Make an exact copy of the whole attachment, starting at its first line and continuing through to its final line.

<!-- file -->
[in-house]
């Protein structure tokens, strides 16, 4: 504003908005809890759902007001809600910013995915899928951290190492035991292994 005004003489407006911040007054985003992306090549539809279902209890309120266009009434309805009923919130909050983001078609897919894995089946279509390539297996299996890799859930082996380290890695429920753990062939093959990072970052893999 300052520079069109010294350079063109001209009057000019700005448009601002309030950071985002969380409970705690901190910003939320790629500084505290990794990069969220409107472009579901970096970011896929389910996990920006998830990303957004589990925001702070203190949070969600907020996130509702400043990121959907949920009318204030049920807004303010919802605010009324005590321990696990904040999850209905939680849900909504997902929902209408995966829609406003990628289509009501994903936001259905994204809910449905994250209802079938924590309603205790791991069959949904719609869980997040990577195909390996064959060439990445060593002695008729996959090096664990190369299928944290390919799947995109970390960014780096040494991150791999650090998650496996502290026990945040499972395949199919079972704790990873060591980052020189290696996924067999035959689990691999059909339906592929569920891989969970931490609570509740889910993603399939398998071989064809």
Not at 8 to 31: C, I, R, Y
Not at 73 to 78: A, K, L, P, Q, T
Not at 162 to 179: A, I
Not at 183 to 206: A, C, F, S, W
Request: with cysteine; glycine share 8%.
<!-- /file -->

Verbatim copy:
[in-house]
């Protein structure tokens, strides 16, 4: 504003908005809890759902007001809600910013995915899928951290190492035991292994 005004003489407006911040007054985003992306090549539809279902209890309120266009009434309805009923919130909050983001078609897919894995089946279509390539297996299996890799859930082996380290890695429920753990062939093959990072970052893999 300052520079069109010294350079063109001209009057000019700005448009601002309030950071985002969380409970705690901190910003939320790629500084505290990794990069969220409107472009579901970096970011896929389910996990920006998830990303957004589990925001702070203190949070969600907020996130509702400043990121959907949920009318204030049920807004303010919802605010009324005590321990696990904040999850209905939680849900909504997902929902209408995966829609406003990628289509009501994903936001259905994204809910449905994250209802079938924590309603205790791991069959949904719609869980997040990577195909390996064959060439990445060593002695008729996959090096664990190369299928944290390919799947995109970390960014780096040494991150791999650090998650496996502290026990945040499972395949199919079972704790990873060591980052020189290696996924067999035959689990691999059909339906592929569920891989969970931490609570509740889910993603399939398998071989064809």
Not at 8 to 31: C, I, R, Y
Not at 73 to 78: A, K, L, P, Q, T
Not at 162 to 179: A, I
Not at 183 to 206: A, C, F, S, W
Request: with cysteine; glycine share 8%.